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Judith Quinlan

** community contributed record **

Name, Aliases & Gender

Name: Judith Quinlan
Aliases: none
Gender: f

Birth, Occupation & Death

Date of Birth: 1789
Occupation: -
Date of Death: -
Age: -

Life Span

Life span

Female median life span was 56 years*

* Median life span based on contributions

Conviction & Transportation

Sentence Severity

Sentence Severity

Sentenced to 7 years

Crime: Robbery
Convicted at: Limerick
Sentence term: 7 years
Ship: Providence
Departure date: 10th December, 1810
Arrival date: 2nd July, 1811
Place of arrival New South Wales
Passenger manifest Travelled with 97 other convicts


Primary source: NSW State Records Office, Convict ship indents; Tasmanian Archive Office convict records; Hobart Gazette, 1821 and Freemans Journal, Published Dublin, dated 21 August 1810
Source description:

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Community Contributions

Robin Sharkey on 22nd January, 2014 wrote:

The Limerick Assizes for the summer of 1810 ended on Friday 17th August when the 19 year old Judith Quinlan, convicted of robbery (no other details given), was sentenced to transportation for 7 years. She sailed on the Providence transport ship to NSW on 10 December 1810.  Three men sentenced at the same assizes also sailed (Edward Carroll who ended up in Launceston, Patrick McAllister and James Curran, tried asThomas Curran).

* Arrived NSW 2 July 1811
* A year later was re-transported to Tasmania, to Port Dalrymple. 29 June 1812 on :Lady Nelson” from Sydney to Port Dalrymple.  he conduct or character was noted on the ship indent as “Very bad”

(NOTe this is NOT the same Judith Quinlan who put her children into the Orphan School in NSW, she having arrived per “Experiment” 1804).

*  By 1816 (aged 25) she was living at Port Dalrymple with Thomas Murphy per Indefatigable. This ship had arrived direct from England in October 1812 and disembarked a number of prisoners for Hobart, before going on to NSW.

* Mid November 1816 Judith & Thomas Murphy “eloped” to Hobart without the required Passes to be able to do so and were put into Hobart Gaol. Thomas was put in irons as it transpired just before he left Port Dalrymple he had stabbed another prisoner, called Jacob Cabusa, in the head with a penknife and Cabusa died after a few days. Murphy was being held in Hobart gaol on suspicion of murder also. (Hobart Town Gazette 30 Nov 1816)

Saturday 1st March 1817 - implied from Hobart Town Gazette - the final examination of Judith Quinlan and Thomas Murphy over the murder of Jacob Cabusa was being conducted around this time.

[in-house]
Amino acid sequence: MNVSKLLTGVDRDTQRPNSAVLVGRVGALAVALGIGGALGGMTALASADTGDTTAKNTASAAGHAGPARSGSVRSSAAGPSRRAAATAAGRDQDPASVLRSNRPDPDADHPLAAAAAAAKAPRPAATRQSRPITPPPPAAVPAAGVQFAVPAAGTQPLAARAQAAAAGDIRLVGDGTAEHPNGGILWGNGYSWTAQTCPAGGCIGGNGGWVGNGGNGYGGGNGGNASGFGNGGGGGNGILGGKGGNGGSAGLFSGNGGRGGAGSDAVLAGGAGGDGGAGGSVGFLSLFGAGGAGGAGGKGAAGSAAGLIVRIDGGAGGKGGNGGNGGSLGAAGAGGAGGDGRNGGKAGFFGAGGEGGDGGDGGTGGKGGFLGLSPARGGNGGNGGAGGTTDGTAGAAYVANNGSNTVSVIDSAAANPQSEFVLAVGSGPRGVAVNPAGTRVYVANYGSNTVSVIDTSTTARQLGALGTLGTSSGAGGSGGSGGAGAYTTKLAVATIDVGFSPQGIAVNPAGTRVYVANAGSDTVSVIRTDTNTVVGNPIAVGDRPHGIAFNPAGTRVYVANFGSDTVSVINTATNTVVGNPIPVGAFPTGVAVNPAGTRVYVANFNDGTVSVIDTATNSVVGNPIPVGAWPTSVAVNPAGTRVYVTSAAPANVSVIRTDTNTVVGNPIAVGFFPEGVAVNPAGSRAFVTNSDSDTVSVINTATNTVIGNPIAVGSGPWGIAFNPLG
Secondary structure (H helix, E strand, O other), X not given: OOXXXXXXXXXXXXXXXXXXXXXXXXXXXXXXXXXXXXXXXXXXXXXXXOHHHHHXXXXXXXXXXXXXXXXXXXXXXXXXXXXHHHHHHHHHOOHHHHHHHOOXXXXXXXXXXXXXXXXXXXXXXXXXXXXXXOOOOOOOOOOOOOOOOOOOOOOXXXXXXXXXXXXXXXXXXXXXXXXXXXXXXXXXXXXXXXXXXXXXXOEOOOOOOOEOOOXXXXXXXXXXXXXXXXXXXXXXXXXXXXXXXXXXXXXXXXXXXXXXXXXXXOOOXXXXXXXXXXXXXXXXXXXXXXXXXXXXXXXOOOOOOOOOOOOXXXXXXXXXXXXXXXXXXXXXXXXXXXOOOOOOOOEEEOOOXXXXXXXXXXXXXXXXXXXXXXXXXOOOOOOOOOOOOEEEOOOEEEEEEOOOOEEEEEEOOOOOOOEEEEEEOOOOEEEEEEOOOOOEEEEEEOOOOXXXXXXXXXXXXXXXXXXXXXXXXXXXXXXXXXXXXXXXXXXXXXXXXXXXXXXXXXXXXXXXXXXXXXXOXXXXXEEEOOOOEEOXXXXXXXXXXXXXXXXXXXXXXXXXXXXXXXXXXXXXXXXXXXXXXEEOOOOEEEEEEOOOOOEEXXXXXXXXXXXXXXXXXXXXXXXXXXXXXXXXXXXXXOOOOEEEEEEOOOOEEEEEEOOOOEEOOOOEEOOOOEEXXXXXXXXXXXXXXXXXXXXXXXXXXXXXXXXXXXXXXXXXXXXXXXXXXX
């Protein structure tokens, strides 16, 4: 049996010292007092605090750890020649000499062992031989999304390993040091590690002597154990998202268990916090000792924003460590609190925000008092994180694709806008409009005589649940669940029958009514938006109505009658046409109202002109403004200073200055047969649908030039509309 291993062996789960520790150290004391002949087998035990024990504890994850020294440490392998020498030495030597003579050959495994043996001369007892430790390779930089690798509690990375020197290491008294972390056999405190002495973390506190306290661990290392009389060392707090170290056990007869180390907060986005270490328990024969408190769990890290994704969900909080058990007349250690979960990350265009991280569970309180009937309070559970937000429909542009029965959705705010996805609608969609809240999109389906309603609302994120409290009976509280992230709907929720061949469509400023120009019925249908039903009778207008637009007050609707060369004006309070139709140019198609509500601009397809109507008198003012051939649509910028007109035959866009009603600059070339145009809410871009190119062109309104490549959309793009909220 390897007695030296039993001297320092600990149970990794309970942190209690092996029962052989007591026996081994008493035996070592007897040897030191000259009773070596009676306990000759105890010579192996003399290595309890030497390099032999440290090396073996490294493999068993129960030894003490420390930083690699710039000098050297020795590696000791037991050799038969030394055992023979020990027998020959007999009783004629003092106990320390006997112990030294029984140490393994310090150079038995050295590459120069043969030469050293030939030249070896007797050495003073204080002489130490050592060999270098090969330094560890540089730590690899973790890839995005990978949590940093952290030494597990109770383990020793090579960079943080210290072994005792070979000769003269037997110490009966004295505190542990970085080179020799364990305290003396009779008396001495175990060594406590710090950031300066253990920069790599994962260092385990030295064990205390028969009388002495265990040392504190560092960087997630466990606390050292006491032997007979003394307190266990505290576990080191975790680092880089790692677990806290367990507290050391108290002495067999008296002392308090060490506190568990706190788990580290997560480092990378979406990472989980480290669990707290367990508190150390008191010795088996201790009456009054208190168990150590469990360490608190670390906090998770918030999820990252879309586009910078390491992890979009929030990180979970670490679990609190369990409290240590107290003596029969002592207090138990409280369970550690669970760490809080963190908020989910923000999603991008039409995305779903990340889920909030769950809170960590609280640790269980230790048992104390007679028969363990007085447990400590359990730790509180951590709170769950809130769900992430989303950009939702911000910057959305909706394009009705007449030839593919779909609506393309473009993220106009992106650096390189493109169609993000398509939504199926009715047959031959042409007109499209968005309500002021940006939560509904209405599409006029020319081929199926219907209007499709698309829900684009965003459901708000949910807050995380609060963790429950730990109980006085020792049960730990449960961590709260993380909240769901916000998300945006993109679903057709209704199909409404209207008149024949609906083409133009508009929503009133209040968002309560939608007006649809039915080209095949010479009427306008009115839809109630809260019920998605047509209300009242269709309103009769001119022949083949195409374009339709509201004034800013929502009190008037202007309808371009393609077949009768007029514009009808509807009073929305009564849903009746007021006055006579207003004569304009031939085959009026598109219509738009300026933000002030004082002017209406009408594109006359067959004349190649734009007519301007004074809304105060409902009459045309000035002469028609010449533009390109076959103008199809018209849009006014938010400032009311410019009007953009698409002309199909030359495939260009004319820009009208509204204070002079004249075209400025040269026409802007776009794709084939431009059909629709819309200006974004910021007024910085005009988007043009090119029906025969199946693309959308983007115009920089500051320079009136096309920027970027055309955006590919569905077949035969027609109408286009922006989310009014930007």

1821 Muster Judith Quinlan at Port Dalrymple, Tasmania, Free, wife of Thomas Murphy.

Robin Sharkey on 22nd January, 2014 wrote:

Freemans Journal Saturday, 13 October, 1810, page 2
“LIMERICK, OCT 10 … (several items, then …..
Monday Last, [i.e. 8 Oct]  Edmond Carroll and Thomas Currane were committed from the County Jail to Cork, thence to be transmitted to Botany Bay; and yesterday morning the noted Pat. McAlister and Judith Quinlan were also forwarded from the City Jail for the same destination.”

Maureen Withey on 6th February, 2020 wrote:

Ship News.
The Henrietta Packet, Mr. Dennis McCarthy owner
arrived on Tuesday last from Port Dalrymple, having on board, we are sorry to say, no less than six persons charged with wilful murder; four for the murder of John Randall at George’s Town, Launceston ; and two, a man and woman, with the murder of D. Cazabusky, at the same place. The names of the accused are, for the first mentioned offence, Samuel Smith, Thomas James, Edward Harwood, and Thomas Smith ; those for the latter offence are, Timothy Murphy and Judith Quinland, who, we are informed, cohabited with Murphy.
Sydney Gazette, 23 Aug 1817.

Different reports of the murder name Murphy as both Thomas and Timothy.

The victim is also listed under a variety of names.  I think a possible prisoner would be Jacob
Krabossy, who arrived in the Indefatigable in 1812, having been convicted at Sussex Assizes. No further information found about Jacob.

Convict Changes History

Robin Sharkey on 22nd January, 2014 made the following changes:

convicted at, term: 7 years, voyage, source: NSW State Records Office, Convict ship indents; Tasmanian Archive Office convict records; Hobart Gazette, 1821 and Freemans Journal, Published Dublin, dated 21 August 1810 (prev. ), firstname: Judith, surname:

This record was discovered and printed on ConvictRecords.com.au